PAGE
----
What are the Causes of Eye Pain and Pressure?

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  • Written By: Autumn Rivers
  • Edited By: Andrew Jones
  • Last Modified Date: 13 November 2018
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There are various reasons why someone might experience eye pain and pressure, ranging from mild problems to eye diseases that can end in blindness. Glaucoma is one major cause, and this disease usual starts with no symptoms but often ends in blindness, if not treated quickly. Migraines can also cause eye issues along with extreme headaches. Sinusitis, or an infection of the sinuses, can cause pain and pressure in either one or both eyes.

Glaucoma is the second most likely eye disease to cause blindness, likely in part because it has no symptoms early on. For this reason, most routine eye exams include tests to check eye pressure, as glaucoma tends to cause a buildup of pressure inside the eye. If left untreated, the optic nerve, which is necessary to send visual cues to the brain, may be damaged. Some people suffer from acute angle-closure glaucoma, which is quite sudden and involves seeing halos when viewing lights, blurry vision, vomiting, and eye pain. When these symptoms occur, it is important for the individual to go to the emergency room, since they usually indicate that vision loss will soon follow.


Many people who suffer from intense headaches known as migraines also feel eye pain and pressure. This kind of headache is caused by changes in both the brain and the blood vessels near it, resulting in inflammation that often becomes painful. Symptoms of a migraine usually include nausea, vomiting, and throbbing in one or both sides of the head. Photophobia, which is sensitivity to light, also often occurs. A feeling of pressure in the eyes is often a sign that a migraine is coming for many people, and it is common to notice blurred vision, a blind spot that suddenly appears, tunnel vision, and overall pain in one or both eyes.

Sinusitis, a viral or bacterial infection of the sinuses, is another cause of eye pain and pressure. One of the main symptoms is pressure around the sinuses, which are located near the eyes and nose. Other signs include a cough, nasal congestion, bad breath, and a fever. Some of the main causes of sinusitis include bacteria, a virus, allergens, and fungi. It should be noted that acute sinusitis usually lasts less than eight weeks, while the chronic type lasts longer and is typically recurring.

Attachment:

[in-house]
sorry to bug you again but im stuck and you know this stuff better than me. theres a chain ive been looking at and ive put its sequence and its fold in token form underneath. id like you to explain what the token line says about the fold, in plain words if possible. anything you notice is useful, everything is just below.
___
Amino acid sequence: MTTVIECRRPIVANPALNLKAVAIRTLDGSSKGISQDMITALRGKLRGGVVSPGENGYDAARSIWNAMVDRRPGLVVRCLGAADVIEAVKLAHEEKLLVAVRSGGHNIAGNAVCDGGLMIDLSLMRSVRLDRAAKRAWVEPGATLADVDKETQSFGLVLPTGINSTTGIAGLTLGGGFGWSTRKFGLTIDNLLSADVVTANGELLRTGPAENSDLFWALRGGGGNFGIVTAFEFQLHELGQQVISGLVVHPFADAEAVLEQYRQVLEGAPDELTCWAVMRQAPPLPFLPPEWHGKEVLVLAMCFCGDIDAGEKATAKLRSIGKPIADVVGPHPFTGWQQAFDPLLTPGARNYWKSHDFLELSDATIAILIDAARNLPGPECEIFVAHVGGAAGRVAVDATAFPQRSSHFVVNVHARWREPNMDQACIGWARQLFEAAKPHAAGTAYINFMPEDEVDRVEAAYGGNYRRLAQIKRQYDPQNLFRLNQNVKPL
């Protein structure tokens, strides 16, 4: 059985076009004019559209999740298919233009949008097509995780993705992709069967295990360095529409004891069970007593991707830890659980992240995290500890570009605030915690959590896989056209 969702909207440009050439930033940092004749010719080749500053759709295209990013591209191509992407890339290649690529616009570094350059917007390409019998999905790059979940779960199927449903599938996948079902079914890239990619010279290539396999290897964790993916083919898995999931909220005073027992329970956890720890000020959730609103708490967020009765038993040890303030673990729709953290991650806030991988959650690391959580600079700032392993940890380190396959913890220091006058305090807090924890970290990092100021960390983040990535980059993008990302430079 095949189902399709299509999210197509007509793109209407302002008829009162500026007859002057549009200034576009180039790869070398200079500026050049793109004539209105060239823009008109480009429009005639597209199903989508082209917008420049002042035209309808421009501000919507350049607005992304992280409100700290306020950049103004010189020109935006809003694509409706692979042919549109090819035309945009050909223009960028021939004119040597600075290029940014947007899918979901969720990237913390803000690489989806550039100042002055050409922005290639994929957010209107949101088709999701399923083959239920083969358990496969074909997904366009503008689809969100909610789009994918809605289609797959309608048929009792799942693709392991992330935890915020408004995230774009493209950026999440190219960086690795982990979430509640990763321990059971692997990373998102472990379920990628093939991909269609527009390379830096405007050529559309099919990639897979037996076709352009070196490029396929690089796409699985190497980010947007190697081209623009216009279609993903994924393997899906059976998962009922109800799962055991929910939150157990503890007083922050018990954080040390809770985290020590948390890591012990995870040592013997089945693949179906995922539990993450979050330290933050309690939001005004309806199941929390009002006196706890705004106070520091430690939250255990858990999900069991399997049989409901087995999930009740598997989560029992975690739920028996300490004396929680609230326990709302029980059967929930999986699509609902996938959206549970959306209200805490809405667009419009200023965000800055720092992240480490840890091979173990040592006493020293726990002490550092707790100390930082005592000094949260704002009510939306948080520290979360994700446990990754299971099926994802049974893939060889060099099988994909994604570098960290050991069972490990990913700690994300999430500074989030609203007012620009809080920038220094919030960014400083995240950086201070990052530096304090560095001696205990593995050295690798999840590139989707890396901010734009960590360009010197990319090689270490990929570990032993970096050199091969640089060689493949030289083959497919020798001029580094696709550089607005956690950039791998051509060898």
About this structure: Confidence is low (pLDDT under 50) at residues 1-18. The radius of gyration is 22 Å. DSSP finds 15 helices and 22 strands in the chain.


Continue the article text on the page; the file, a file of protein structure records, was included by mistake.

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Post 3

@umbra21 - If you are truly terrified they will knock you out I think, if they need to do some eye surgery. My grandfather had some eye pressure problems (I think it was glaucoma, but I'm not sure) and they definitely knocked him out completely before they operated.

I don't know all the details, but there's no point in borrowing trouble before you have to.

Post 2

I really hate when they test for glaucoma at the optometrists. I mean, I know it has to be done and I am probably at risk for it, since Im pre-diabetes right now.

But, it always gives me the creeps to have that puff of air against my eyes. The first couple of times I wasn't expecting it and I jumped so badly I almost hurt myself.

I really hope I never have anything wrong with my eyes, because having someone work on them would be terrible and I know they often don't put you out completely, but just numb the area around it, so you can still see what's happening.

Post 1

Having a migraine is such a terrible thing, I'm glad I've only had one or two in my life, after periods of intense stress.

I knew a guy once who would get them every time he ate MSG. Apparently there isn't supposed to be an allergy to MSG, but he certainly suffered whenever he had it accidentally, so I think there was something to it. I know he definitely had the whole eye pain and pressure, although I don't remember that so much when I had mine. So I guess it's very individual.

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